A car you may be familiar with is the Mazda 787B, the champion of the 24 Hours of Le Mans 1991. The R26B engine it used had four rotors and sounded absolutely brutal, however, such an engine was never used in a production car. Until now.

Meet Rob Dahm, an automotive YouTuber who creates content on custom project cars and reveals the engineering behind it. At SEMA 2016 he unveiled the 4-rotor RX-7, which was a proof of concept that a four-rotor Wankel engine is possible to refine and fit into a production car.

This time he's back at it again with an ambitious project to create a car with the world's first Billet four-rotor engine in North America. Hearing it roar to life is both a deafening and incredible experience; it truly is an engineering accomplishment. The video is 17 minutes long as he does explain the process of creating and preparing the engine prior to testing. However, if you are short on data then the engine testing occurs in the first 30 seconds, at 12:25 and at 15:30.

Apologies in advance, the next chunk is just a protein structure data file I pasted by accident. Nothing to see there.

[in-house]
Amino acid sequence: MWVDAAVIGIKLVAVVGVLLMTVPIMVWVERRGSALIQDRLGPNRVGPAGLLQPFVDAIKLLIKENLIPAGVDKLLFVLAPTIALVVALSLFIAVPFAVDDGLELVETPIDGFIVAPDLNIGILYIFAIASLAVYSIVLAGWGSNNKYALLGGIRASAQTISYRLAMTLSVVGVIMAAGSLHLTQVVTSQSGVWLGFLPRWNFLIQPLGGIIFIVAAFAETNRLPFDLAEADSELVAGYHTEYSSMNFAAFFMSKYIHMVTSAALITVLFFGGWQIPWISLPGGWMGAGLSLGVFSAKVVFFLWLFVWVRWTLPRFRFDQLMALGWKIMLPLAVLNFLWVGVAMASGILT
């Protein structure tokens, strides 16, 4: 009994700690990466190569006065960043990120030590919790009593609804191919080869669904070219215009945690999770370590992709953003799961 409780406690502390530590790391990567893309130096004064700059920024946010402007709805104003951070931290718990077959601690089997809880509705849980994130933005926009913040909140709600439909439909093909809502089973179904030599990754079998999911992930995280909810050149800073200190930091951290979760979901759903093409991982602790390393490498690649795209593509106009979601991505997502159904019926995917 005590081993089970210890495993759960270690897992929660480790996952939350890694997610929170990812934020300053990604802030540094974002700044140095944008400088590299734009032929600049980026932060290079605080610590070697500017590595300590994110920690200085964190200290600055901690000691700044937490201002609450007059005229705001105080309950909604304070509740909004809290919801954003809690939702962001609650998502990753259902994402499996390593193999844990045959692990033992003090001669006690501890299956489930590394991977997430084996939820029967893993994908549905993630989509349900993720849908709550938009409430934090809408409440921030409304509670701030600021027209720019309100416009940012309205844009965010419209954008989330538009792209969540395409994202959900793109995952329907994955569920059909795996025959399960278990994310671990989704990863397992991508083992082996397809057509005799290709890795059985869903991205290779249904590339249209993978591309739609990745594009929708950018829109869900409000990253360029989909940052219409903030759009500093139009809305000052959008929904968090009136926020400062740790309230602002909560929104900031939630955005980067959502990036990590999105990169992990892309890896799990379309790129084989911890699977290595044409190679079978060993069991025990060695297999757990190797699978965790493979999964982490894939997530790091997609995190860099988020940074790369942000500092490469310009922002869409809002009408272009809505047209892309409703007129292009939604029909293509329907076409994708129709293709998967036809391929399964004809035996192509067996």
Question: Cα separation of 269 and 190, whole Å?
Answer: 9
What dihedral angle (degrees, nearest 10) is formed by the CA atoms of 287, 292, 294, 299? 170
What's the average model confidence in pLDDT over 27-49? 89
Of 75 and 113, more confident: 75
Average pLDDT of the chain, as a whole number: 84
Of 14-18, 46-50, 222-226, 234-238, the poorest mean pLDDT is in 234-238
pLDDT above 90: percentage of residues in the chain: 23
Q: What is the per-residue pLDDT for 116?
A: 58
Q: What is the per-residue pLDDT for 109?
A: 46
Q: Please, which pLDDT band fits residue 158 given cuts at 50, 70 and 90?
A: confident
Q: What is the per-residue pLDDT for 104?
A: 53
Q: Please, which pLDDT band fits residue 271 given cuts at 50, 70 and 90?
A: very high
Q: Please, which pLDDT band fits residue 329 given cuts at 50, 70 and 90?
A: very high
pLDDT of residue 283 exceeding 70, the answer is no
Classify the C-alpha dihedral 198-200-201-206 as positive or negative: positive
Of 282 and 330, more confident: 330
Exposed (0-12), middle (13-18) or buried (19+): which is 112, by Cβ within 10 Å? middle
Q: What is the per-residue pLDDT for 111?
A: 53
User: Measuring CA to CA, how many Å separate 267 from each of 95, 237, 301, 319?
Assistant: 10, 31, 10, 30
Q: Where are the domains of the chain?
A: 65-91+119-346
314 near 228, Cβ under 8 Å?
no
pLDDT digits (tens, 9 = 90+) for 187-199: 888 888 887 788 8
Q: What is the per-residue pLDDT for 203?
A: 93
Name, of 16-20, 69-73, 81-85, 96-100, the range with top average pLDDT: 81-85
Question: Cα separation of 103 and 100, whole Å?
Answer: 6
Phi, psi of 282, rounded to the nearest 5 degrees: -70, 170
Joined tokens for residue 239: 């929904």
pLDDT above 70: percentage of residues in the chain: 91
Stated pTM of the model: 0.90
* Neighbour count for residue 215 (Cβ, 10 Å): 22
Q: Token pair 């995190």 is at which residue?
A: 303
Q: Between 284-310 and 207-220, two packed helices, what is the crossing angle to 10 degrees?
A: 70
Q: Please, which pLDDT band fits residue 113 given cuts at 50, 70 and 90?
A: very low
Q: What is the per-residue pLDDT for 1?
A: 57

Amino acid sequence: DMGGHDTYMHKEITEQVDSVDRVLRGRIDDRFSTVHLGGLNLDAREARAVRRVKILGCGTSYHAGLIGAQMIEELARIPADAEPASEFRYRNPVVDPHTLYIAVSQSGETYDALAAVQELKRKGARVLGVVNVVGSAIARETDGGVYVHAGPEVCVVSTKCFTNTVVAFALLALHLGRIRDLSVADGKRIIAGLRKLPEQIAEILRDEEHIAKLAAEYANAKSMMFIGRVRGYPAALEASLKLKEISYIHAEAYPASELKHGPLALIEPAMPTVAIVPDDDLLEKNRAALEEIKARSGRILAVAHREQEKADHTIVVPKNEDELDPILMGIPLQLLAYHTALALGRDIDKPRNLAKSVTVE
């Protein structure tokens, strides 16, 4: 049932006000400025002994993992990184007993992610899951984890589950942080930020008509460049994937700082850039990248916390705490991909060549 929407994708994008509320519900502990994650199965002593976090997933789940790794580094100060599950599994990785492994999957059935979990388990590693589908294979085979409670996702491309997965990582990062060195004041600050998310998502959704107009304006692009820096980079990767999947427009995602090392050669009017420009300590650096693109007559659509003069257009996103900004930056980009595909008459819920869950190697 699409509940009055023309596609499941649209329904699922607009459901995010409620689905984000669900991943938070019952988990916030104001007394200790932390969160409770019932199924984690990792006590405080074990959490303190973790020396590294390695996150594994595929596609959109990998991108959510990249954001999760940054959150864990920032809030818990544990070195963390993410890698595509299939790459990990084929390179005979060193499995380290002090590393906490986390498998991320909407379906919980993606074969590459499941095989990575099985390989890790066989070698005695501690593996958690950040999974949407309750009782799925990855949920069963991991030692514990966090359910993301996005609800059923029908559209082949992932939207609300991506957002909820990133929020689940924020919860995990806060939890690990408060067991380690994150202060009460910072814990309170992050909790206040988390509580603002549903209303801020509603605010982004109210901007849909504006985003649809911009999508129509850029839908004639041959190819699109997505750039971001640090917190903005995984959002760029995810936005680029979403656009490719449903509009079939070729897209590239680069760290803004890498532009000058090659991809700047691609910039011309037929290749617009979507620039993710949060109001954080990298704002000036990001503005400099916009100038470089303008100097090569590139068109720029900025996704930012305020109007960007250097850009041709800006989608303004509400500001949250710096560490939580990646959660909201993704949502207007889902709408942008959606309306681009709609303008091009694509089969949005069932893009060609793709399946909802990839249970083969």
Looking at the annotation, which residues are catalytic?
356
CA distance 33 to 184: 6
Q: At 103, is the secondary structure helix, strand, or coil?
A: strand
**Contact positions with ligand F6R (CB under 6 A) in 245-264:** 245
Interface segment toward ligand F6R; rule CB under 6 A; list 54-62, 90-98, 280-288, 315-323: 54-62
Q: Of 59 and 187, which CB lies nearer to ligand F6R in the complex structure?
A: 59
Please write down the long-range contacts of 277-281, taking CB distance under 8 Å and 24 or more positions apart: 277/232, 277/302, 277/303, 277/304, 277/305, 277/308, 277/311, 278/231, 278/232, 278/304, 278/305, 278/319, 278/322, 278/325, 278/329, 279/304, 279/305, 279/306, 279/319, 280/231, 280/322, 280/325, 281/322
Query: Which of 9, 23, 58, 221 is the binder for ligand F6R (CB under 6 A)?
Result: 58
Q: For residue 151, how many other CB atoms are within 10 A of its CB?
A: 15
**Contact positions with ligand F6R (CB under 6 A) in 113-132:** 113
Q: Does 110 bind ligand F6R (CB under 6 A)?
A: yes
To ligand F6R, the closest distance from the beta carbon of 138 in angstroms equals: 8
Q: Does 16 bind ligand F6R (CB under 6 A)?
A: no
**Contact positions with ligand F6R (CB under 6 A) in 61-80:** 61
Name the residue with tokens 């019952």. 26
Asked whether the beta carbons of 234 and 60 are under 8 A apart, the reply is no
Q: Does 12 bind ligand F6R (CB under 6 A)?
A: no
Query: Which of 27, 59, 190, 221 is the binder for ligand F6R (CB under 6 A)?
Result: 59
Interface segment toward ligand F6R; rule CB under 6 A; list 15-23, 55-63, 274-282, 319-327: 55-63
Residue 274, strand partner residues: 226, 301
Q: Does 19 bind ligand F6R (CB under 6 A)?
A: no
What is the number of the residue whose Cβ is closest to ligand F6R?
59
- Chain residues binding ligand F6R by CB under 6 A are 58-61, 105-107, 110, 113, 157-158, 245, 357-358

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In case you did not already know, a rotary engine in a production car typically comes with two or rarely three rotors. Giving it a fourth rotor is not as simple as gluing an additional rotor and hoping for the best. One has to precisely time the firing order to ensure combustion occurs both effectively and efficiently, just like the pistons of a conventional engine. The four-rotor engine he has worked on started life as a $60,000 USD engine from Billet Rotary, suggesting he truly is ready to dedicate his time and effort to create something extraordinary.

Once finalised, the engine will sit in his RX-7 and replace the previous four-rotor. He does indeed have plans for SEMA 2019 which will start on the 6th of November, so do expect the final build to be there.

Is this your favourite rotary-engined project car?

Thanks for reading and feel free to share your thoughts in the comments.

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